In Illinois, if you have eaten at a restaurant, required hospital or nursing home care, vacationed at a campground or swam at a public beach or pool, drank a glass of milk, got married or divorced ,had a baby, the Illinois Department of Public Health (IDPH) has touched your life in some important way.
Assuring the quality of our food, setting the standards for hospital and nursing home care, checking the safety of recreation areas, overseeing the inspection of milk producing farms and processing plants, maintaining the state's vital records and screening newborns for genetic diseases are just some of the duties of IDPH.
In fact, IDPH has 200 different programs that benefit each state resident and visitor, although its daily activities of maintaining the public's health are rarely noticed unless a breakdown in the system occurs. With the assistance of local public health agencies, these essential programs and services make up Illinois' public health system, a system that forms a frontline defense against disease through preventive measures and education. Public health has provided the foundation for remarkable gains in saving lives and reducing suffering. ...Today, life expectancy is 80 years for women and 74 years for men compared with fewer than 50 years at the at the beginning of the 20th century.
In the past, IDPH directed state efforts to control smallpox, cholera and typhoid, virtually eliminated polio, reduced dental decay through fluoridation of community water supplies, and corrected sanitary conditions that threatened water and food supplies.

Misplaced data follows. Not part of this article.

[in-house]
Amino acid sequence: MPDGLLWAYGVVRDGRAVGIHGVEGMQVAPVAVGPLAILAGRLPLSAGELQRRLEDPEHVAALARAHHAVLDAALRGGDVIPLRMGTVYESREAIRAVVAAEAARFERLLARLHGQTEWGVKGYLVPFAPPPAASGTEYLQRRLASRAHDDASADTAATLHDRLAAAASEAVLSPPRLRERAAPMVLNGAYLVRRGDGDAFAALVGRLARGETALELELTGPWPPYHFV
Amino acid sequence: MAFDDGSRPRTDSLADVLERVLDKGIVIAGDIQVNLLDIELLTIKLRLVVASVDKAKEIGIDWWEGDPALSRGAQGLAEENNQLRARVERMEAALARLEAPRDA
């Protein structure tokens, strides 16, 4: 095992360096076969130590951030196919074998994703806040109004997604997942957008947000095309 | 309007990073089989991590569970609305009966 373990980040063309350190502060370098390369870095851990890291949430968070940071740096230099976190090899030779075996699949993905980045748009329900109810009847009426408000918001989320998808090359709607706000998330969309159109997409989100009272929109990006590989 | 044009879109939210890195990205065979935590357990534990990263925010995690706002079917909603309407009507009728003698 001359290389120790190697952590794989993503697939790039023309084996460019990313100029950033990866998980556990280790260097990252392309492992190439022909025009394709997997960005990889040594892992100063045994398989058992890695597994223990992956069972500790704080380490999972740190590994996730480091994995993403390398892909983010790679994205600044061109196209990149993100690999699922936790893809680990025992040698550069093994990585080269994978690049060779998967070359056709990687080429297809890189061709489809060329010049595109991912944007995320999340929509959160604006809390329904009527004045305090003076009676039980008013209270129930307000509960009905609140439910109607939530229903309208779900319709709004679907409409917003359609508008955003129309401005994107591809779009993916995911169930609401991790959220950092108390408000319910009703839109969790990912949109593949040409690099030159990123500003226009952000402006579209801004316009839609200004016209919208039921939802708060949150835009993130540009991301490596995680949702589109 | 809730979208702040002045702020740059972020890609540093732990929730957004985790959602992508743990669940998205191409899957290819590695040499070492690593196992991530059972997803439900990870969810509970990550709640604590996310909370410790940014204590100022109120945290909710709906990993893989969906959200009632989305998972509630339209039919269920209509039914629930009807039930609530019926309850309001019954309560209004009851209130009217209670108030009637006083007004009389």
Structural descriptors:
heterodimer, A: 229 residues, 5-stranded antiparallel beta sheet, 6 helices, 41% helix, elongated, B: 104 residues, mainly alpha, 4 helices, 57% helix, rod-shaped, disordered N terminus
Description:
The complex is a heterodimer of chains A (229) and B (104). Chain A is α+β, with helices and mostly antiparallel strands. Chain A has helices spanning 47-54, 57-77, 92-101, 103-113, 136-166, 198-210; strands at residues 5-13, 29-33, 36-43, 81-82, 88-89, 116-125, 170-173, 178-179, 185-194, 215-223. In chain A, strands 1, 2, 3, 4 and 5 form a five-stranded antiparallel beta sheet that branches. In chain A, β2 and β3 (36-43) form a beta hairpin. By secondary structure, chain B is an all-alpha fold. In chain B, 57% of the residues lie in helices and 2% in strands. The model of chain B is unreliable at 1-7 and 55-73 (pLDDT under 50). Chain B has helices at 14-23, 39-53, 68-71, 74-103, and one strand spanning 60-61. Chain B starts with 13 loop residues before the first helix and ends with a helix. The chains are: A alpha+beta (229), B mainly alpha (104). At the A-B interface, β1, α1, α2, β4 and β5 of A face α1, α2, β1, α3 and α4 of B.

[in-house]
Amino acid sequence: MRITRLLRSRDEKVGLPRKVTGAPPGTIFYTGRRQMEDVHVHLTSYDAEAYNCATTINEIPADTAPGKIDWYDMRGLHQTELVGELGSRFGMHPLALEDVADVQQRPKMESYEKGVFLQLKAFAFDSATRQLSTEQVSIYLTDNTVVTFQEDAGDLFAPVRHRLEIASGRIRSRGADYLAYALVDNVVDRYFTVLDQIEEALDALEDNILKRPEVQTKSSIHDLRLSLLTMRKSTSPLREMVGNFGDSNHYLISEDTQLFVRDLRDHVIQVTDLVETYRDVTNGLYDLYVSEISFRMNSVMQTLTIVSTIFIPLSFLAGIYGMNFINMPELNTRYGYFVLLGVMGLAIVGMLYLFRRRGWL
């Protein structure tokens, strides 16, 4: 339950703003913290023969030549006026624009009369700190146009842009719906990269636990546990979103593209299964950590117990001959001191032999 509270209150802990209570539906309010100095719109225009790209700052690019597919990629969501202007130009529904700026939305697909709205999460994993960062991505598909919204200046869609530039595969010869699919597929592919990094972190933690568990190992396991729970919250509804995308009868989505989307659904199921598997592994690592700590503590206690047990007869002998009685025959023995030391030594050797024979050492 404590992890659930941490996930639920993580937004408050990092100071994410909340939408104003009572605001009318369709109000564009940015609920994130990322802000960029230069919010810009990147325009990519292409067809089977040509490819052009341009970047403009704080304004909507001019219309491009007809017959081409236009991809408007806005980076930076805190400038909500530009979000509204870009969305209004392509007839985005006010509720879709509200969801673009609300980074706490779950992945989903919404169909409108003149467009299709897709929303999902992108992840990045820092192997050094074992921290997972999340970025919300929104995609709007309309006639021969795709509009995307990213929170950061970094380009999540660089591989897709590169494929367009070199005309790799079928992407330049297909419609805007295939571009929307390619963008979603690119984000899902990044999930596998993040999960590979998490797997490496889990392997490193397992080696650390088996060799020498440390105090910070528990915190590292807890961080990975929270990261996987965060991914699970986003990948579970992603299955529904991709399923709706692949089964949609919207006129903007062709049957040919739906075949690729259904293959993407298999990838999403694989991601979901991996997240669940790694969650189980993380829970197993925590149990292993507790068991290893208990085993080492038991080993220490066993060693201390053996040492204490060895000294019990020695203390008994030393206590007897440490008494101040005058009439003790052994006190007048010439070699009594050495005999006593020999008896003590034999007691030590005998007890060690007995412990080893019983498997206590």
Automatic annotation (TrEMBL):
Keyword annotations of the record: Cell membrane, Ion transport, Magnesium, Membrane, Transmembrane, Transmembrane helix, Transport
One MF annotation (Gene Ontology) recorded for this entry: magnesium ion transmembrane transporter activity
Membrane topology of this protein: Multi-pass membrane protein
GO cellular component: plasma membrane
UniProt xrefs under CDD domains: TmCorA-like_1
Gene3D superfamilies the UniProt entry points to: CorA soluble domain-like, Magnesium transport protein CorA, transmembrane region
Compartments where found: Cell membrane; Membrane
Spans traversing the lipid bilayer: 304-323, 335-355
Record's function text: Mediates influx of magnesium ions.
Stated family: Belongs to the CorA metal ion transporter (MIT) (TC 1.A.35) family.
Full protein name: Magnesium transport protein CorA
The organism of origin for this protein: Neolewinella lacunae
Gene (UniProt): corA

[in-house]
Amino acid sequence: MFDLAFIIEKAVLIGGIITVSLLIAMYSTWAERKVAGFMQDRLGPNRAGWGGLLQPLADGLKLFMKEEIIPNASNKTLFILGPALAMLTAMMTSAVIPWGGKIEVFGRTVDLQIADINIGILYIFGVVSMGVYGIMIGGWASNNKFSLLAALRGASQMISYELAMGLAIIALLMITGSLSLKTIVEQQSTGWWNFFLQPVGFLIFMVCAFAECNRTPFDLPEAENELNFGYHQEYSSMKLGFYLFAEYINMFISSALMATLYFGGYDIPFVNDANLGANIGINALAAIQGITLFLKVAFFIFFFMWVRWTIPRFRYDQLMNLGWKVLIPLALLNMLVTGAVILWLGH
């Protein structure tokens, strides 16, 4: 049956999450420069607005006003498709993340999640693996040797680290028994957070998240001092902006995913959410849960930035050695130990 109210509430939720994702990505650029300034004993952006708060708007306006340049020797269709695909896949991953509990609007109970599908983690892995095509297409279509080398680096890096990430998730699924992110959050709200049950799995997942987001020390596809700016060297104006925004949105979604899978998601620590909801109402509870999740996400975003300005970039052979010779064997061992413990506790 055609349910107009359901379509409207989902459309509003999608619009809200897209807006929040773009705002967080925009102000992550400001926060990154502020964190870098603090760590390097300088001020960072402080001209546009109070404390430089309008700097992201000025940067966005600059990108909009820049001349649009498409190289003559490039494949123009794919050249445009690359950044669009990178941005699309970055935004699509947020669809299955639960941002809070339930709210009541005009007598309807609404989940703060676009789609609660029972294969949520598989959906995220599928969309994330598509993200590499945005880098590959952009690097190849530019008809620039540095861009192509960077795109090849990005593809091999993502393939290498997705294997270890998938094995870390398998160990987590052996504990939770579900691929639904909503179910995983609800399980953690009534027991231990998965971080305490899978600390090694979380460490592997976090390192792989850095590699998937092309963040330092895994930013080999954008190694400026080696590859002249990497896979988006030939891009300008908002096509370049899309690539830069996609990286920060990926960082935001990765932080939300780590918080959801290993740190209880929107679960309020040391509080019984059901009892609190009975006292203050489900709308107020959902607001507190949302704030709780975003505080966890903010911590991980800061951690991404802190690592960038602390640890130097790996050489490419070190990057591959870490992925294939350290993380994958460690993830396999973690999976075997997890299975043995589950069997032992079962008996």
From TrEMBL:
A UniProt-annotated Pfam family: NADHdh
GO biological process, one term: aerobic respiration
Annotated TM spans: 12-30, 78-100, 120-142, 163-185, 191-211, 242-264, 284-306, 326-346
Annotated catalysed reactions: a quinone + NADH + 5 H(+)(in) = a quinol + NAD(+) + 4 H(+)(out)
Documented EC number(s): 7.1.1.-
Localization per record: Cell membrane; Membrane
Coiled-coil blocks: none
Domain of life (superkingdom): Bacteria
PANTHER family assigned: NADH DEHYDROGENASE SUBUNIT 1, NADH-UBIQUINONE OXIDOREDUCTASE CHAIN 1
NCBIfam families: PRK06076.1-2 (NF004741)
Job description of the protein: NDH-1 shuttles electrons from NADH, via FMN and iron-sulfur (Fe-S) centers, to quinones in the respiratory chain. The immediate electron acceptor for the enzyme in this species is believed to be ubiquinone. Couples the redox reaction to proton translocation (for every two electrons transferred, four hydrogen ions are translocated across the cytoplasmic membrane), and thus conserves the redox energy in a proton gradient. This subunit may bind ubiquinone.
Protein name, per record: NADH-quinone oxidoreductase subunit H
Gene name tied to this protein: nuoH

Today, IDPH has programs to deal with persistent problems that require continued vigilance – infectious diseases, such as AIDS (acquired immunodeficiency syndrome), HIV (human immunodeficiency virus), SARS (severe acute respiratory syndrome) and meningococcal disease; foodborne and communicable diseases, such as E. coli 0157: H7, monkeypox, salmonella and West Nile virus; vaccine preventable diseases; lead poisoning; lack of health care in rural areas; health disparities among racial groups, breast, cervical and prostate cancer; Alzheimer's disease; and other health threats -- sexually transmitted diseases, tobacco use, violence, and other conditions associated with high-risk behaviors. In addition, IDPH has been charged with handling the state's response to the COVID-19 pandemic and the threat of bioterrorism.
IDPH, which is one of the state's oldest agencies, was first organized in 1877 with a staff of three and a two-year budget of $5,000. IDPH, now has an annual budget of $2.9 billion in state and federal funds, headquarters in Springfield and Chicago, seven regional offices located around the state, three laboratories, and 1,200 employees.
IDPH is organized into 12 offices, each of which addresses a distinct area of public health. Each office operates and supports numerous ongoing programs and is prepared to respond to extraordinary situations as they arise.